I'd do three things:
1) Familiarize yourself with conversions. Not just "rods to an acre" stuff but real world representations of an acre, gallon, cubic meter, etc.

2) Find a hobby that uses lots of measurements, or start using/paying more attention to measurements in an existing hobby. You can use measurements all the time in everything you do, just become more aware of them. Baking, sewing, woodworking, scrapbooking, BBQing, driving, walking, drinking...

3) Play guessing games with yourself. Get a ball of string and guess how long an inch/foot/yard is, then measure it to see how far off you were and in what direction. Guess how far it is between two places and then measure it on Google Maps. Buy a bag of M&Ms and guess how many are in the bag, then count them. Set a timer for an hour and try to check it every 10 minutes. etc. etc. etc. You'll find very quickly that you'll get much better at all of these things.
posted by Ookseer at 12:02 PM on April 15, 2009

Back in the day when I was a track and field athlete, I had to do lots of training schedules with sets of sprints of varying distances. And once you know how long two hundreds meter can be, especially after you've just run three hundred at full speed, you'll never forget that.
posted by ijsbrand at 12:08 PM on April 15, 2009

There is an interesting book called 'Consider a Spherical Cow' by John Harte that goes through this process. I am reading/working my way through it. It basically starts off each page with a question such as "How many shoemakers are in the US?" and then goes through the process of estimating it.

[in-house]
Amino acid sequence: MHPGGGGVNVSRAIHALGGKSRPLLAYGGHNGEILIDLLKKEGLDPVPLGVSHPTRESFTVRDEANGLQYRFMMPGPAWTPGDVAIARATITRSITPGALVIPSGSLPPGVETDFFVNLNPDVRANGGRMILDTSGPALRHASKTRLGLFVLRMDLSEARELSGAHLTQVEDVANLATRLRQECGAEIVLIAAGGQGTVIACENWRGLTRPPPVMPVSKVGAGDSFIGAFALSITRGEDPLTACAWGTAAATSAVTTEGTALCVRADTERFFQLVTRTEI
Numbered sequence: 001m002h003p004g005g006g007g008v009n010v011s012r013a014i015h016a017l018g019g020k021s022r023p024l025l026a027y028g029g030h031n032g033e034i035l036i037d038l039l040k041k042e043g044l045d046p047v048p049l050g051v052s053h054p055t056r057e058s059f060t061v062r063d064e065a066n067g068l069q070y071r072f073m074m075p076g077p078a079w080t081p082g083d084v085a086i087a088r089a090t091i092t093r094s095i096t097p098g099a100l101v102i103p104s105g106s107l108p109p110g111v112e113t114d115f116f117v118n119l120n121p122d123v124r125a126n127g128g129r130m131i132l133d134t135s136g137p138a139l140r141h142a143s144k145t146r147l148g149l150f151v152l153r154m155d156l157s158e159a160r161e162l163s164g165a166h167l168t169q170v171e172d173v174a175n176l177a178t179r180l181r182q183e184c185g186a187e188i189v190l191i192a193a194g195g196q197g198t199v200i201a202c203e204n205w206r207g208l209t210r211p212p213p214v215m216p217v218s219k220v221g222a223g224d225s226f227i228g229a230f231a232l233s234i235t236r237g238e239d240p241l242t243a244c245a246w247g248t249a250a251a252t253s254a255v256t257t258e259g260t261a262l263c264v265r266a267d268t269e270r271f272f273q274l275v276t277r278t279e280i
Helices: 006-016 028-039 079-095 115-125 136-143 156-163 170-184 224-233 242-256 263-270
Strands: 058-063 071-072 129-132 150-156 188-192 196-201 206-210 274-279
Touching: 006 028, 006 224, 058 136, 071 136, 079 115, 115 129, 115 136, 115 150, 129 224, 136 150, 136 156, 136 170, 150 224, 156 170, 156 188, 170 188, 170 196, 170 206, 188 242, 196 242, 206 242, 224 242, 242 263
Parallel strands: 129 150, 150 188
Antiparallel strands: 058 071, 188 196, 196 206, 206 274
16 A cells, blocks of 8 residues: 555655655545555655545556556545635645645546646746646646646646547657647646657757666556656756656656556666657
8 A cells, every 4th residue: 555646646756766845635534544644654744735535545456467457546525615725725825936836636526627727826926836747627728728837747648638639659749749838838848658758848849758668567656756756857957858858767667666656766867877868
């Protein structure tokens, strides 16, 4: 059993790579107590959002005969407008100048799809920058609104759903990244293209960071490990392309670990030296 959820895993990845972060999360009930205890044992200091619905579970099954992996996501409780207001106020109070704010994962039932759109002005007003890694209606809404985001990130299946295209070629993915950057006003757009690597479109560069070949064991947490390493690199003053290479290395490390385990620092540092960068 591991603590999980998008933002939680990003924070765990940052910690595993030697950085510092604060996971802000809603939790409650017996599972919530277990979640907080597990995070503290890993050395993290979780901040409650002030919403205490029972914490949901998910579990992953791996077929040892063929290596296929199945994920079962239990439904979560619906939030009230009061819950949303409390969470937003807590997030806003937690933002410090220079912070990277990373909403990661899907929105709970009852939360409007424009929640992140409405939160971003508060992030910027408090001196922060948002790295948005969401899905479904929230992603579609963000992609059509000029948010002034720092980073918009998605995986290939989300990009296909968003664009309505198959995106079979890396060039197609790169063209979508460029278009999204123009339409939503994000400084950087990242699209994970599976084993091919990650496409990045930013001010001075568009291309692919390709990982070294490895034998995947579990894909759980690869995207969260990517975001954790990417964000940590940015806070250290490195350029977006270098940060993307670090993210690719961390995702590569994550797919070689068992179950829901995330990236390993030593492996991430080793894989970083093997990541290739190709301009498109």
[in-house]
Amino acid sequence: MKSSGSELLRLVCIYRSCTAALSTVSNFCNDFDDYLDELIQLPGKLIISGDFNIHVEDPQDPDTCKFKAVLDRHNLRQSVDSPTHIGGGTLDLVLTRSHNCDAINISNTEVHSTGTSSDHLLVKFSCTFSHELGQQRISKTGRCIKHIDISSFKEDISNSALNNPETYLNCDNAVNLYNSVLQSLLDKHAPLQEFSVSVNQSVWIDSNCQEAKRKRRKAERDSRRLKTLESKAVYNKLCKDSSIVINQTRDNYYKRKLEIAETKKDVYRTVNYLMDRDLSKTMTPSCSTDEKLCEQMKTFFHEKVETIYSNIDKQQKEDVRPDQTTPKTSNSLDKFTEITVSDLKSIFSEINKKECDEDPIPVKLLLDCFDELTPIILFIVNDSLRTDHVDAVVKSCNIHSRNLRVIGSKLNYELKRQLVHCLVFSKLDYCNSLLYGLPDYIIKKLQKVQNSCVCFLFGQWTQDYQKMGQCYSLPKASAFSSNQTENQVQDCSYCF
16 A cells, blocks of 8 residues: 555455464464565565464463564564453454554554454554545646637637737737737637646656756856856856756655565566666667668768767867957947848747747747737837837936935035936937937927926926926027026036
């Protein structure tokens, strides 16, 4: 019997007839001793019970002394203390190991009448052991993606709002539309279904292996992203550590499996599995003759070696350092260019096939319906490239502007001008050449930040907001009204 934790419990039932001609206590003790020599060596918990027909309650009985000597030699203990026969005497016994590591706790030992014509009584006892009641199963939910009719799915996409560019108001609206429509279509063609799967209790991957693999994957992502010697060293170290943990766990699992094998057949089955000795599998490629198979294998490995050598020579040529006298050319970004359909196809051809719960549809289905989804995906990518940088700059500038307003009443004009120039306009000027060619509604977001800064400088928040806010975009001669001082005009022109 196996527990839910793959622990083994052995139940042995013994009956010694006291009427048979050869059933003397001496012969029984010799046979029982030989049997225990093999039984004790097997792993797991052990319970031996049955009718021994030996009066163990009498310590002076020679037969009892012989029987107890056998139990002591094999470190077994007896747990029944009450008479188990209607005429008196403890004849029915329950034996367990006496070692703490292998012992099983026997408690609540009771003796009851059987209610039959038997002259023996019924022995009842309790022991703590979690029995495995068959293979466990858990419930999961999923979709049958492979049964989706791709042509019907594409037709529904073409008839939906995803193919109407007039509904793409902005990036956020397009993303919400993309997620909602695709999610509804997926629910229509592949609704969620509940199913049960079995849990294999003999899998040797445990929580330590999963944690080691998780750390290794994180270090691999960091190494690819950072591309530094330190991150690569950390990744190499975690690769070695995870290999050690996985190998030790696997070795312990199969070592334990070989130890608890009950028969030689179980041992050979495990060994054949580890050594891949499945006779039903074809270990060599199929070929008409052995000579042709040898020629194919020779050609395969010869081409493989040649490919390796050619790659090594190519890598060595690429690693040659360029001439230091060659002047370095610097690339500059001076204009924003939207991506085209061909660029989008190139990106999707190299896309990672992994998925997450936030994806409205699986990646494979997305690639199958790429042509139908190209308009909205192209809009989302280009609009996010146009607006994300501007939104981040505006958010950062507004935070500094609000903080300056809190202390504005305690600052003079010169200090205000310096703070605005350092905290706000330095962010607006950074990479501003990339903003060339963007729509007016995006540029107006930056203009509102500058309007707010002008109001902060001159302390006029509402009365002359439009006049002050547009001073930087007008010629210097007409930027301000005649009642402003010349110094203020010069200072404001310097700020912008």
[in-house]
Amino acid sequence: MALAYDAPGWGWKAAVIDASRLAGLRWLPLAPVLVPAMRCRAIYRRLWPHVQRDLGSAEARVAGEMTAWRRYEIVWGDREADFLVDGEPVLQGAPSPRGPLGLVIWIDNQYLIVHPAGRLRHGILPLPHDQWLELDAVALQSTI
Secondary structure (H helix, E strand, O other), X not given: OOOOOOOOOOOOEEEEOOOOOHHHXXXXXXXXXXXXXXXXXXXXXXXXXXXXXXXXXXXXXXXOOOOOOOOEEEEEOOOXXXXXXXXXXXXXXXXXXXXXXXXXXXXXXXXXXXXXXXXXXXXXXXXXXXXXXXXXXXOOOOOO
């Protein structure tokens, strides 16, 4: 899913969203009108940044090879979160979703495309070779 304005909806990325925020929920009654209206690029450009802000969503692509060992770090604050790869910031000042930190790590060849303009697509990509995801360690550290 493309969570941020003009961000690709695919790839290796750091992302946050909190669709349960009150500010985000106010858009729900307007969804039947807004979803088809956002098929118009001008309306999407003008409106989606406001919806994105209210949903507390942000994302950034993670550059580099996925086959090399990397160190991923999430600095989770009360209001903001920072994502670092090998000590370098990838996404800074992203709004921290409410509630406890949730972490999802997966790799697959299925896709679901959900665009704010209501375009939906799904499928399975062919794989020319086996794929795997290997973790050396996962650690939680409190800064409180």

It is targeted at environmental engineers, but I'm not one, and like it.
posted by a womble is an active kind of sloth at 12:44 PM on April 15, 2009 [2 favorites]

I used to do inventory in hardware stores. If you have a bin of metal rods, for example, count one small section. Now count how many sections of that size are in the entire bin. Multiply. Practice by counting the entire bin one by one and see how close you were.
posted by cda at 12:53 PM on April 15, 2009

I am surprised it hasn't been mentioned yet, but I find the MegaPenny project (as seen on mefi!) a good guide to very large numbers whenever I encounter them in the press.
posted by TedW at 3:33 PM on April 15, 2009

I have the GPS in my car set to give directions like "in 100 yards, turn left" (except it's Eddie Izzard's voice, so it goes "in 100 yahhhhds, turn left") instead of "turn left on Aurora." It's helping me get a grasp on distances, something I've always been shaky at.

The GPS probably isn't helping you with that.

With my TomTom GPS (as well as the Garmins my dad uses), those close-distance announcements are made at entirely the wrong time. So, if you have it set to announce the turn in 100 yards, and you're doing 60mph, I've found that it'll tell you to turn in 100 yards when you actually have about 50-75 yards.

Now, if you got yourself a handheld GPS designed for hiking/backpacking, and walked out your distances, it might be helpful. But, the velocity of a car totally queers your results.
posted by Netzapper at 4:23 PM on April 15, 2009

I'd agree with the poster who basically said you should learn from experience. Expose yourself to groups of people (OK, not THAT kind of "expose yourself") whose population size you are familar with, like classrooms, restaurants, clubs, and other small places. Then you can move on to larger sizes like stadiums and rallies.

For distances, I use my GPS. When I reach a mile, .8 miles, .4 miles, etc. from my destination, my GPS alerts me. As I drove, I started practicing figuring out on my own how far away an upcoming landmark was (such as a rock outcrop or grove of trees) and then seeing if I was right by checking the GPS. Now I am pretty good at guessing distance.
posted by Piscean at 9:07 AM on April 16, 2009